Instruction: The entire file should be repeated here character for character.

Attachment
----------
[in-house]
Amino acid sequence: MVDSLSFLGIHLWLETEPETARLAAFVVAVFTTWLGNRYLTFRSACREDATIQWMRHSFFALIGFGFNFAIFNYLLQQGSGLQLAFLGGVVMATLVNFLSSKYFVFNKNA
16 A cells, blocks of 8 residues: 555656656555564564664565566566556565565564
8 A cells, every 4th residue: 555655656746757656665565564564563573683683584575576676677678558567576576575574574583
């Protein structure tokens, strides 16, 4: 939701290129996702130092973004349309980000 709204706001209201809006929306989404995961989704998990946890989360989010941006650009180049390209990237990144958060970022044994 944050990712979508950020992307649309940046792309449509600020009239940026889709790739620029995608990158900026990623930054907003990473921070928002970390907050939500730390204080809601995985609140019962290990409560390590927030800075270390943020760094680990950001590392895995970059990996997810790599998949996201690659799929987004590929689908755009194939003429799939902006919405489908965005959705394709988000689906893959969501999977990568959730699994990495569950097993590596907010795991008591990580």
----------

[in-house]
Amino acid sequence: MVDSLSFLGIHLWLETEPETARLAAFVVAVFTTWLGNRYLTFRSACREDATIQWMRHSFFALIGFGFNFAIFNYLLQQGSGLQLAFLGGVVMATLVNFLSSKYFVFNKNA
16 A cells, blocks of 8 residues: 555656656555564564664565566566556565565564
8 A cells, every 4th residue: 555655656746757656665565564564563573683683584575576676677678558567576576575574574583
């Protein structure tokens, strides 16, 4: 939701290129996702130092973004349309980000 709204706001209201809006929306989404995961989704998990946890989360989010941006650009180049390209990237990144958060970022044994 944050990712979508950020992307649309940046792309449509600020009239940026889709790739620029995608990158900026990623930054907003990473921070928002970390907050939500730390204080809601995985609140019962290990409560390590927030800075270390943020760094680990950001590392895995970059990996997810790599998949996201690659799929987004590929689908755009194939003429799939902006919405489908965005959705394709988000689906893959969501999977990568959730699994990495569950097993590596907010795991008591990580």